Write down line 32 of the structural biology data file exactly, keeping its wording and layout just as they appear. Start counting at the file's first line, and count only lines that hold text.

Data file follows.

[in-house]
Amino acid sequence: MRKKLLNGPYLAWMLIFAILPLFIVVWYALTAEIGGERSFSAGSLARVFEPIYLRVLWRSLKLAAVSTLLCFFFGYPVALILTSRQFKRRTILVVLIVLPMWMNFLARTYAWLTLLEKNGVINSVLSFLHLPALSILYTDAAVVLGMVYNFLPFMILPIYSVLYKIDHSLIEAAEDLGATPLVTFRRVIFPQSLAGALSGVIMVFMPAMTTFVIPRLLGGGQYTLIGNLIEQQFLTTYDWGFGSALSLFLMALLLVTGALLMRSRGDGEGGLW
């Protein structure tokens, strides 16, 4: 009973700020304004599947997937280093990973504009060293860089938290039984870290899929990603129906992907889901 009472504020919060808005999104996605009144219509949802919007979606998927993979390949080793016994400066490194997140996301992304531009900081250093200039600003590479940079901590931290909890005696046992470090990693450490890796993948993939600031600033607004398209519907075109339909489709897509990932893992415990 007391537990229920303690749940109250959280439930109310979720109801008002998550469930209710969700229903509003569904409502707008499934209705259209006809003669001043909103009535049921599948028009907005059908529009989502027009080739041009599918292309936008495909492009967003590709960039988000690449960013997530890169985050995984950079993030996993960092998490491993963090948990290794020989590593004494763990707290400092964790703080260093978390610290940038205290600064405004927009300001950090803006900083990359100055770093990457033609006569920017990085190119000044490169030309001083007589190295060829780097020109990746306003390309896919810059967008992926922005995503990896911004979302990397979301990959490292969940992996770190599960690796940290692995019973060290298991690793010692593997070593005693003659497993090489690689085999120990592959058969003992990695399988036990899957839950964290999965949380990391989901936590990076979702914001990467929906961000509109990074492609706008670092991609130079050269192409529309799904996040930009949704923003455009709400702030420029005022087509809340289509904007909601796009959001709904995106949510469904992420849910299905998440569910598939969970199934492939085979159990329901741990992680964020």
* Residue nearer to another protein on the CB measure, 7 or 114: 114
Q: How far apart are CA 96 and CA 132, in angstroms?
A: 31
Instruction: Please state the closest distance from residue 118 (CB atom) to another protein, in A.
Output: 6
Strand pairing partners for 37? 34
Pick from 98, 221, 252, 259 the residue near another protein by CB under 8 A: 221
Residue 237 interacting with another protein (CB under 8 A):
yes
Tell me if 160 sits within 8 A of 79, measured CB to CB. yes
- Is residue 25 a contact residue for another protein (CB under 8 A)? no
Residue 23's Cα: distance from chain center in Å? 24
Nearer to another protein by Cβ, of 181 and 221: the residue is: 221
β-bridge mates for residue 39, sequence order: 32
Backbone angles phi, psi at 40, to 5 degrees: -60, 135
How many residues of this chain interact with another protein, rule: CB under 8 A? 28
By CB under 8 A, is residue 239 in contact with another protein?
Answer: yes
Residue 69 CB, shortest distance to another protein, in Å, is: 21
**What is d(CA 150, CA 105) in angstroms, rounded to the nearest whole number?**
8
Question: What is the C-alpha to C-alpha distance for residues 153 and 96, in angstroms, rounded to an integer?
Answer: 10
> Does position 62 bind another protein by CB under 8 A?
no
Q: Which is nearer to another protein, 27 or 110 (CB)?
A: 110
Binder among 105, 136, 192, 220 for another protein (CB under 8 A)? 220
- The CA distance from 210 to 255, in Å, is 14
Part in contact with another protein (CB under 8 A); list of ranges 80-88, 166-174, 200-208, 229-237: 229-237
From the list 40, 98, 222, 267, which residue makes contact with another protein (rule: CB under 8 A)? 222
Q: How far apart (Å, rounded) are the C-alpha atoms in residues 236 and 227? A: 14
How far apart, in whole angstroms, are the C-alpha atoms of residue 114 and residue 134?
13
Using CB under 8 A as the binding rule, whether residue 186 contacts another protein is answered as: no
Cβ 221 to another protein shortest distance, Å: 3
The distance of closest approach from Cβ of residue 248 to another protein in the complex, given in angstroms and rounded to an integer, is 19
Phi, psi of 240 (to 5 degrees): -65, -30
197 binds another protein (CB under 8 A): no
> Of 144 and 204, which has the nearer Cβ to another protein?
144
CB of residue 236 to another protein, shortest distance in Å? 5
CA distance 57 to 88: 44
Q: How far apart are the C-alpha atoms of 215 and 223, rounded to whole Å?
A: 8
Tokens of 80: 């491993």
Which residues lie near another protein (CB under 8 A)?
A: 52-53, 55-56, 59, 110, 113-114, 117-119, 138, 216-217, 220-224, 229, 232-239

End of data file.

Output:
- The CA distance from 210 to 255, in Å, is 14